Saturday, October 9, 2010

Kenya Camping Safari

Camping in Kenya offers you utmost flexibility. Since you have all the basics that you need in your adventure camping vehicle, time is at your control.This makes it all so easy and relaxing knowing that you can spend as much time or less depending on where you want to visit.

The superb tropical climate with hot breezy days and cool tranquil nights gives you an interpretable sensation. The sceneries thrilled with undisturbed reserves and the great natural attractions such as lakes, Mountains ranges, snow peaks, wildlife, forests and culturated expanses will leave you dreadly inspired. An interaction with the local people in their ethnicity is a great prove that africa's diversity is unique.

Among the many places worth visit in africa, you will find kenya tour to be more deserving. Imagine camping in the heart of wildlife thrilled savanahs surrounded by beautiful sceneries and clear open skies at night. In some places, you can opt to spend your night under open skies and enjoy the quietness of the cool breezes.

But this depends on how you plan it. The most important thing for any successful camping is advance planning. You need to plan on where to go, when, how long and the number of people you will be sharing the experience with. With these in mind, then it will be easier for you to do your budget and also know what is essential and what is not. Altenatively have a local agent do the arrangements for you.

Then its time to pack your camping gear. If you are booking your camping tour through a Kenya tour operator, then you will be exempted the task of carrying a complete gear since most Kenya tour firms will do this for you. But if this is not the case, then you will need to itemize your gear and all the essentials that you would use while camping. Depending on when and where you like to camp and what you like to do, the list will be ever changing. A tip is to think flexibility. The ease with which you can set/move camp and off course the weight of your stuff, including foods.

You've finally arrived at your camping destination and you're scoping out the area to see which spot looks best for setting up your campsite. While choosing the campsite, please consider pitching your tent on slightly high level ground to keep you safe incase of rains. You will also need to consider fundermental issues such as water source, adequate cooking area, cleaning area (don’t kill vegation with hot soapy water), garbage area and finally, consider a camping area with some shade.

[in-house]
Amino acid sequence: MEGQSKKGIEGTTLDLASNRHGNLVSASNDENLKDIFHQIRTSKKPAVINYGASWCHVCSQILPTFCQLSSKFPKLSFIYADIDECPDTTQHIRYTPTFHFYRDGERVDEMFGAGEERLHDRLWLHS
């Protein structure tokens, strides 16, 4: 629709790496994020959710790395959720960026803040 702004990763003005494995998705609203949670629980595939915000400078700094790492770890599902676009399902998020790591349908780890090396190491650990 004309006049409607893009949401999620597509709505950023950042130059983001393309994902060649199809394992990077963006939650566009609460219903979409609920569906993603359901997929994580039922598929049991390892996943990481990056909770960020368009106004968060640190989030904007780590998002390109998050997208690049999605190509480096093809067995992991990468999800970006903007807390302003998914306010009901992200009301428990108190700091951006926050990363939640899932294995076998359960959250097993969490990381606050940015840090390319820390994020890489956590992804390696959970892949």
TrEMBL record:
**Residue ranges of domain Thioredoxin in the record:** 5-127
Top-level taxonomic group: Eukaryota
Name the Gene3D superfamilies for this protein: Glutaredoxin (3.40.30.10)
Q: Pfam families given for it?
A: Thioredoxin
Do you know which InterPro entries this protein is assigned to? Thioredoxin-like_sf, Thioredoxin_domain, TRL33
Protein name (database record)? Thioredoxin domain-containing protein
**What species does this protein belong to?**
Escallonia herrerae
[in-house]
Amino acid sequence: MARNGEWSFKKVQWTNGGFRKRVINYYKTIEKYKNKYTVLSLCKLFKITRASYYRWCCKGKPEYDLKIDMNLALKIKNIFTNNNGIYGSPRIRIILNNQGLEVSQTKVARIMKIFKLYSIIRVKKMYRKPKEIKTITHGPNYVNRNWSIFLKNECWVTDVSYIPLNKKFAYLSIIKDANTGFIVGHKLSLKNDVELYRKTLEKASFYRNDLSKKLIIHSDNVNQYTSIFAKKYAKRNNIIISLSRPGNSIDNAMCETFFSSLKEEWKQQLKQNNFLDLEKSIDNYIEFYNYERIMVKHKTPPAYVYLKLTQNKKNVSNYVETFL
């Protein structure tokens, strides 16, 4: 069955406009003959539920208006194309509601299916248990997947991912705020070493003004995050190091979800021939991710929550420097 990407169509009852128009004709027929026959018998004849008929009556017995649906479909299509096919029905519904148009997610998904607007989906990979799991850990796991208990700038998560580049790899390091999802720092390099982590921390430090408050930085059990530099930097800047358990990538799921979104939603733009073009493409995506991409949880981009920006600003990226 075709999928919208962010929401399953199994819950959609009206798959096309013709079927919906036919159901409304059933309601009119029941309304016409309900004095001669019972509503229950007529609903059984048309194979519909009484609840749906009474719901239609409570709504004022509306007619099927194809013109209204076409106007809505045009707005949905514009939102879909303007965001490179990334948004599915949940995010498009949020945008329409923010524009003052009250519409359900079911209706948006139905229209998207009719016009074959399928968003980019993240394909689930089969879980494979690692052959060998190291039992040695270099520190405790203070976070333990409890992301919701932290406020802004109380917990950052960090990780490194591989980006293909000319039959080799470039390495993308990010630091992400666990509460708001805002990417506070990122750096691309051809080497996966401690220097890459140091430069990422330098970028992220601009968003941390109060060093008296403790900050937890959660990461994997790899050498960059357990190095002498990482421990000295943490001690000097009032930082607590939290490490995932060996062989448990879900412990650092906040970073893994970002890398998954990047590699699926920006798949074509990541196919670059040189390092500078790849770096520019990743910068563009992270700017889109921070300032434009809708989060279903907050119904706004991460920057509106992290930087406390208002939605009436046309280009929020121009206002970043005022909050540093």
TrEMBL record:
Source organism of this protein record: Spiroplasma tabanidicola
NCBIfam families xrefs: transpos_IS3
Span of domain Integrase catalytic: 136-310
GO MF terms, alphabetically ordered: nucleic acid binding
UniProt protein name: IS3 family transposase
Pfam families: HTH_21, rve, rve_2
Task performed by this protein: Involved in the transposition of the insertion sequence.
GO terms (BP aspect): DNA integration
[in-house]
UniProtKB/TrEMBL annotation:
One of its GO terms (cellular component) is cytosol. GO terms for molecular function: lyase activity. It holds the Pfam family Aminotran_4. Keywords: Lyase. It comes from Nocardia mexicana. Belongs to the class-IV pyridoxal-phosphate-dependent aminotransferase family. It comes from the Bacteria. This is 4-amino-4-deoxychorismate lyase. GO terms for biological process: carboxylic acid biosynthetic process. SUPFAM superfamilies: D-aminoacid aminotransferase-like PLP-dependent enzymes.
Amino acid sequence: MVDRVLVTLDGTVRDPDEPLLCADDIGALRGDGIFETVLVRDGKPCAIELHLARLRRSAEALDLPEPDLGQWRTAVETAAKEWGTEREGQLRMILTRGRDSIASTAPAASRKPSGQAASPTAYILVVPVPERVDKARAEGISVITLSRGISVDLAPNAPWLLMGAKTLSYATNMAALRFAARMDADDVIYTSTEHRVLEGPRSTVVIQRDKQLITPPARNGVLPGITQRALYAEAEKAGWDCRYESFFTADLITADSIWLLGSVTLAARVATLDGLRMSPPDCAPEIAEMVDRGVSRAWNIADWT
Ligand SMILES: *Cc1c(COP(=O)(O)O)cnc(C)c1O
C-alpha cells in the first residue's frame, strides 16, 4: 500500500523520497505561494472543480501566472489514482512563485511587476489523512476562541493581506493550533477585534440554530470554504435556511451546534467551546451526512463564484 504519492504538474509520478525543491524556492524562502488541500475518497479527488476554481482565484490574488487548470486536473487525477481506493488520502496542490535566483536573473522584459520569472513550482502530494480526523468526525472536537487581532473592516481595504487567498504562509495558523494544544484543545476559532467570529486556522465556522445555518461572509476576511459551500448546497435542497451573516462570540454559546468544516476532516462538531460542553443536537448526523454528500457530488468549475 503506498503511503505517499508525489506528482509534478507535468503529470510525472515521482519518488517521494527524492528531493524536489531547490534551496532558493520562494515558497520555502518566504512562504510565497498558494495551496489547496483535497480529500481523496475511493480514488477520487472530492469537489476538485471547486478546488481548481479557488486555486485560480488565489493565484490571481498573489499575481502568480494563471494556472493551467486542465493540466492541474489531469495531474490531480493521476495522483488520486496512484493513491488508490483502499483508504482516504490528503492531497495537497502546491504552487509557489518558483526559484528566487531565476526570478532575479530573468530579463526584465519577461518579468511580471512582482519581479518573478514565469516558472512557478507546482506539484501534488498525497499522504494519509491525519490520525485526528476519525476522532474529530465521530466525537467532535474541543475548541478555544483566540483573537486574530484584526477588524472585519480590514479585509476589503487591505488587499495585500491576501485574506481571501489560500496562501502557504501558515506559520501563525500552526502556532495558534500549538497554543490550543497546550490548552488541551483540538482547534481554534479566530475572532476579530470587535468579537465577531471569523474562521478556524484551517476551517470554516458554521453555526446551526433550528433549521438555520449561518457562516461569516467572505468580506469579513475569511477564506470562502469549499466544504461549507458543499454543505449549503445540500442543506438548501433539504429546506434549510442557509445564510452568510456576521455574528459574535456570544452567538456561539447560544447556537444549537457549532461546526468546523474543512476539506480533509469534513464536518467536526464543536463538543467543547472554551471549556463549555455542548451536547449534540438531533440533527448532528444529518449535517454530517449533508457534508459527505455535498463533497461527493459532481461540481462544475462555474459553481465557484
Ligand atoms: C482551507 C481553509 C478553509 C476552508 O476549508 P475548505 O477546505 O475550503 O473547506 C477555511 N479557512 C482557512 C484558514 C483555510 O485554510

After setting up the campsite it's time to go do what you came here to do, "go play!" Whatever your preoccupation is, enjoy! Do such refreshing things as; seeing the campsite set up, smelling the country air, short walks, go bird watching, take a bike ride, stroll around, eat well, enjoy a drink and if possible get a feel with the local communities. This is a refreshing change from all of the confines of the city.

Then in the evening enjoy the orange African fire while the sounds of wilderness fill the night: Night birds, the laughter of hyenas, the buzz of a mosquito or the occasional roar of lions proclaiming their territory.

Kenya Camping safari , whether with pals or family can be lots of fun. But you need to pay attention to a couple of things for example baboons and vervet monkeys. Baboons can be a menace and some times destructive. So as to cope with baboons and monkeys, always make sure; you close your tent, never leave you campsite unattended and constantly keep all the foodstuffs away from their, because that is what they seek. This way, you will be able to keep them off the temptation.

It's time to leave the camp? A little effort is all that you need to expend in order to ensure that the next camper arriving at the campsite after you will enjoy it just as much. The most basic principle rule for camping is: Leave No Trace. It's all about respect for nature. If campers would just leave their campsites the better than the way they found them (assuming it was clean to begin with), then we will all be doing our share in making sure that other generations will have their share of fun in the wilds of Africa. Its beyond any doubt that africa makes one of the most wonderful and adventurous kenya camping safari vacation for any one who enjoy outdoor adventures camping safaris.

PKP-Kenia safari desk

Natural Track Safaris

How to get the best out of your kenya safari

If you love traveling like me, you will agree that vacation time needs planning ahead, and some research is called for. Depending on where you want to vacation, prior information comes in hardy.

Here are 10 factors that could make your Kenya safari a dream come true or a disaster.

1. Check the best seasons compared to the time you have for vacation time.

Whatever you want to do/see during your kenya safari, first thing you should do

Is to consider when the best times are. While all-year round could be

Good, the rainy seasons can make things very hard. And if it’s the annual kenya safari migration you have in mind, the months of July till early September is what you need.

2. In addition, what other places of interest would you want to see?

Lonely planet has good suggestions off course, but there are other

Sources like friends, family, online directories and reviews that are great source of updated information.

3. After you know what you want to see/experience, its time now to know what it might cost you. Avoid disappointments by not being aware what you might be expected to part with. Get a rough idea by enquiring from travel agents and park authority sites, Tour Operator Association sites. Be informed!